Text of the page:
The International Labour Organization (ILO) recently reported that over 12 million Malawians could become poor by 2030 if poverty reduction rates remain the same. This is despite Malawi’s slight improvement in GDP per capita since 2004, and the implementation of numerous measures to counter poverty, including increased government spendings on infrastructure and social welfare programs. Rather than reduce poverty and stimulate economic development, these policies have further impoverished the nation–half of its population earns below 687 Malawian Kwacha (less than one US dollar) per day.
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The World Health Organization (WHO) recently warned that Somalia is at risk of experiencing their third famine within 25 years.
In 2011 famine killed over 260,000 people, but once again the country is facing a humanitarian crisis. Half of all Somalis are in need of urgent assistance. In response, the United Nations and NGOs are seeking over $1.5 billion in donations.
This plea for aid recurs whenever the drought-prone country experiences famine.Unfortunately, donors have not helped Somalia prepare for long-term infrastructural sustainability. Rather donations have fueled corruption and further weakened Somalia’s economy.
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Early this week, the South Africa Daily Maverick published an op-ed titled, “It’s not Zuma that we need protection from, it’s the market.” While the author rightly calls out the role of cronyism in destroying ordinary South Africans’ economic mobility, she doesn’t seem to make a distinction between economic freedom and crony capitalism.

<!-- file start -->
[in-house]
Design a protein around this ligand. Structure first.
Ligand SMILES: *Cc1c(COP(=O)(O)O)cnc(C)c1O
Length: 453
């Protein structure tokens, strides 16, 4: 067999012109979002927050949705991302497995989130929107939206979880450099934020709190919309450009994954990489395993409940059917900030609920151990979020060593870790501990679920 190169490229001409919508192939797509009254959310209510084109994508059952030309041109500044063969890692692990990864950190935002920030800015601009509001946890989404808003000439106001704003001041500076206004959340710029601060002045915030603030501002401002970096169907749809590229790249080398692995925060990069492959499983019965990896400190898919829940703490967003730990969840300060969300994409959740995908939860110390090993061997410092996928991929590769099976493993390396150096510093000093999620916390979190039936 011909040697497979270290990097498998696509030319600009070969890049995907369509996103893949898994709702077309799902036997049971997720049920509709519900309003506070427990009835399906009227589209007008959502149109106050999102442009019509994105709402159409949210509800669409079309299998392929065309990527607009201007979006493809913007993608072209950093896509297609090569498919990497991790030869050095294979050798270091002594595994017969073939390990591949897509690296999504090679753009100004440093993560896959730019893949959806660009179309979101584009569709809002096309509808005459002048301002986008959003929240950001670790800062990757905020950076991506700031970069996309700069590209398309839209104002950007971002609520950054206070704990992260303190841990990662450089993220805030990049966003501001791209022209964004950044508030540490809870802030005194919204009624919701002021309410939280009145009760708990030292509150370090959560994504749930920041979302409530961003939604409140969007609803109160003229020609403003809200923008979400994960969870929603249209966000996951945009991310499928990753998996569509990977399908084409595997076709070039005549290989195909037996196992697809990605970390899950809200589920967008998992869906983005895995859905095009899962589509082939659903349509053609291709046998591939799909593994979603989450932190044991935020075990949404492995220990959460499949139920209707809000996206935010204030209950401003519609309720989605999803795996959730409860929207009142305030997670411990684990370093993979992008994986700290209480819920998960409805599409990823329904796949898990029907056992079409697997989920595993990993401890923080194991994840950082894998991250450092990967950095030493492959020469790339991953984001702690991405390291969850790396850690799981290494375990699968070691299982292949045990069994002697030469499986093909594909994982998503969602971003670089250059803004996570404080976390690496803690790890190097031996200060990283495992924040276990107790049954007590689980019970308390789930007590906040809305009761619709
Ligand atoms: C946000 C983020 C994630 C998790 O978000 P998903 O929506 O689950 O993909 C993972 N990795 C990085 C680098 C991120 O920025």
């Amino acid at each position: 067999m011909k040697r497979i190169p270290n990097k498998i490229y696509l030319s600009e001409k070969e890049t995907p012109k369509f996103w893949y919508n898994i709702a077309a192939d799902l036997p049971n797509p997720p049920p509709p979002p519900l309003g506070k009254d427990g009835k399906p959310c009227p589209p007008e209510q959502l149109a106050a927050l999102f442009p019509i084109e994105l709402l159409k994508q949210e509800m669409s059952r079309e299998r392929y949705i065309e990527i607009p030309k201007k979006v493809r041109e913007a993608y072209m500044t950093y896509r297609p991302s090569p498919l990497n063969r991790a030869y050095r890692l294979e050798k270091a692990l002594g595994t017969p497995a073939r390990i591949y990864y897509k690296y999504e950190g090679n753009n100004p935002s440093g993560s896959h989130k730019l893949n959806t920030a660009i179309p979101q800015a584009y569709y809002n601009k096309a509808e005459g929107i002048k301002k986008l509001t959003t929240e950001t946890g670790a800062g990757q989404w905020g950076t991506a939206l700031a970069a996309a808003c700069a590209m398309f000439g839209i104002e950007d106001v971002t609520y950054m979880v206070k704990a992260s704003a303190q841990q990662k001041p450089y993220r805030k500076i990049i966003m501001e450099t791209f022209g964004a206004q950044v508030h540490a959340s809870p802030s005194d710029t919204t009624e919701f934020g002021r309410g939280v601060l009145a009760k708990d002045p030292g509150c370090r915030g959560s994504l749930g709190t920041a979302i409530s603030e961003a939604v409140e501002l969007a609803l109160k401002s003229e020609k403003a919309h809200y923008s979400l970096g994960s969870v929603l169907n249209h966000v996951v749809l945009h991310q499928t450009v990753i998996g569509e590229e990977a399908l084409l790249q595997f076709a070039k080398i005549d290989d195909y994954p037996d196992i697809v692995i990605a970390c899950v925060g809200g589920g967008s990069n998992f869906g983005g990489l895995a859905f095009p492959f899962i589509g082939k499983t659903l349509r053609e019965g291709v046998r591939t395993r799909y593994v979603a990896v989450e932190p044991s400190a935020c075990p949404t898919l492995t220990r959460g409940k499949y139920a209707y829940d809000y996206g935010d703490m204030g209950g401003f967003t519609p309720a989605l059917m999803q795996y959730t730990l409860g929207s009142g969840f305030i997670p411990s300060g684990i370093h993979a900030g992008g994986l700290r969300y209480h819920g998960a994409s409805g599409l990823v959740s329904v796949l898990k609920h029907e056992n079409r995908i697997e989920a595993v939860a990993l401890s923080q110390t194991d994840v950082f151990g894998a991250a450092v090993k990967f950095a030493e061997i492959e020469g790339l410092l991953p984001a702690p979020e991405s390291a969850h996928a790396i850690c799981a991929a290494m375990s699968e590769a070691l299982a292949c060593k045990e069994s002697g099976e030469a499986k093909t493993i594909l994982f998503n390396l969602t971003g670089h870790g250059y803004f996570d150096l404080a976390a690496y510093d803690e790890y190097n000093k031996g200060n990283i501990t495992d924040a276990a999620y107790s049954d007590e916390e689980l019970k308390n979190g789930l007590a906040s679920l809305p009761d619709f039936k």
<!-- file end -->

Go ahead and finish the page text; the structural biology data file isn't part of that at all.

This spotlights a crucial misunderstanding in the ongoing battle against capitalism in South Africa, and across Africa.The values of freedom will continue to take a back seat as anti-market forces demand more state control of the economy against “corporate” interests.
The Benefits Seem Unattainable
How is it that perceptions of the market are so negative on a continent with such a rich tradition of economic freedom?
It can be alleged that the arguments for capitalism have become too utilitarian to appeal to a continent that has been ravaged by the effects of slavery, colonialism, kleptocracy, ethnic genocide, crony capitalism, and extreme poverty. Indeed, in his 1999 book “Development as Freedom,” Harvard Professor Amartya Sen argued,
The discipline of economics has tended to move away from focusing on the value of freedoms to that of utilities, incomes, and wealth. This narrowing of focus leads to an under appreciation of the full role of the market mechanism, even though economics as a profession can hardly be accused of not praising markets enough.”
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